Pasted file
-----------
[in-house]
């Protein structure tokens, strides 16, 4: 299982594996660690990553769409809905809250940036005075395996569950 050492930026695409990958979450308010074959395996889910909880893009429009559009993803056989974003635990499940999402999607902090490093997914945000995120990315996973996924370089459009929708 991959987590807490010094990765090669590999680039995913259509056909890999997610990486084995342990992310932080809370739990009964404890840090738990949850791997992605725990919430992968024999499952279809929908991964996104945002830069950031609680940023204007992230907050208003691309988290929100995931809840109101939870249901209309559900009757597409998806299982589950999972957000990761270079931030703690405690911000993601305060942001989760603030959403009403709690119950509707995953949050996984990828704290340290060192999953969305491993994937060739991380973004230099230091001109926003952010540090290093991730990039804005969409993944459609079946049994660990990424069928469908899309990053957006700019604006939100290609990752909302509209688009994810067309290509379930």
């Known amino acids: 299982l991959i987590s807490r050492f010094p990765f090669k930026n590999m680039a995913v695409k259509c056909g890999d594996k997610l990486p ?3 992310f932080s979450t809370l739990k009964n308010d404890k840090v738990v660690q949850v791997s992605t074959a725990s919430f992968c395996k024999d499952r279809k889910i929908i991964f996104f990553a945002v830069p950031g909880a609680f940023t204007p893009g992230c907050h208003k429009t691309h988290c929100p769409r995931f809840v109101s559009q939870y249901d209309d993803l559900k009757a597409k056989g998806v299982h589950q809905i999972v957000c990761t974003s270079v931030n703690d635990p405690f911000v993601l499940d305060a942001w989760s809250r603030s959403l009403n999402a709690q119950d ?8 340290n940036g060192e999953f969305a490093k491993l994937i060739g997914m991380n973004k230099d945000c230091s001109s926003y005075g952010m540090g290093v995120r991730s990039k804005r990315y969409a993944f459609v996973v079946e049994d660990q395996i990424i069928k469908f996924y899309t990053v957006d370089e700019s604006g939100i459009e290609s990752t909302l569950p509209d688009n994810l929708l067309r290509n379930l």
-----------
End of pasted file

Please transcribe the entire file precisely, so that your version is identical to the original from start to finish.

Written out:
[in-house]
């Protein structure tokens, strides 16, 4: 299982594996660690990553769409809905809250940036005075395996569950 050492930026695409990958979450308010074959395996889910909880893009429009559009993803056989974003635990499940999402999607902090490093997914945000995120990315996973996924370089459009929708 991959987590807490010094990765090669590999680039995913259509056909890999997610990486084995342990992310932080809370739990009964404890840090738990949850791997992605725990919430992968024999499952279809929908991964996104945002830069950031609680940023204007992230907050208003691309988290929100995931809840109101939870249901209309559900009757597409998806299982589950999972957000990761270079931030703690405690911000993601305060942001989760603030959403009403709690119950509707995953949050996984990828704290340290060192999953969305491993994937060739991380973004230099230091001109926003952010540090290093991730990039804005969409993944459609079946049994660990990424069928469908899309990053957006700019604006939100290609990752909302509209688009994810067309290509379930």
């Known amino acids: 299982l991959i987590s807490r050492f010094p990765f090669k930026n590999m680039a995913v695409k259509c056909g890999d594996k997610l990486p ?3 992310f932080s979450t809370l739990k009964n308010d404890k840090v738990v660690q949850v791997s992605t074959a725990s919430f992968c395996k024999d499952r279809k889910i929908i991964f996104f990553a945002v830069p950031g909880a609680f940023t204007p893009g992230c907050h208003k429009t691309h988290c929100p769409r995931f809840v109101s559009q939870y249901d209309d993803l559900k009757a597409k056989g998806v299982h589950q809905i999972v957000c990761t974003s270079v931030n703690d635990p405690f911000v993601l499940d305060a942001w989760s809250r603030s959403l009403n999402a709690q119950d ?8 340290n940036g060192e999953f969305a490093k491993l994937i060739g997914m991380n973004k230099d945000c230091s001109s926003y005075g952010m540090g290093v995120r991730s990039k804005r990315y969409a993944f459609v996973v079946e049994d660990q395996i990424i069928k469908f996924y899309t990053v957006d370089e700019s604006g939100i459009e290609s990752t909302l569950p509209d688009n994810l929708l067309r290509n379930l």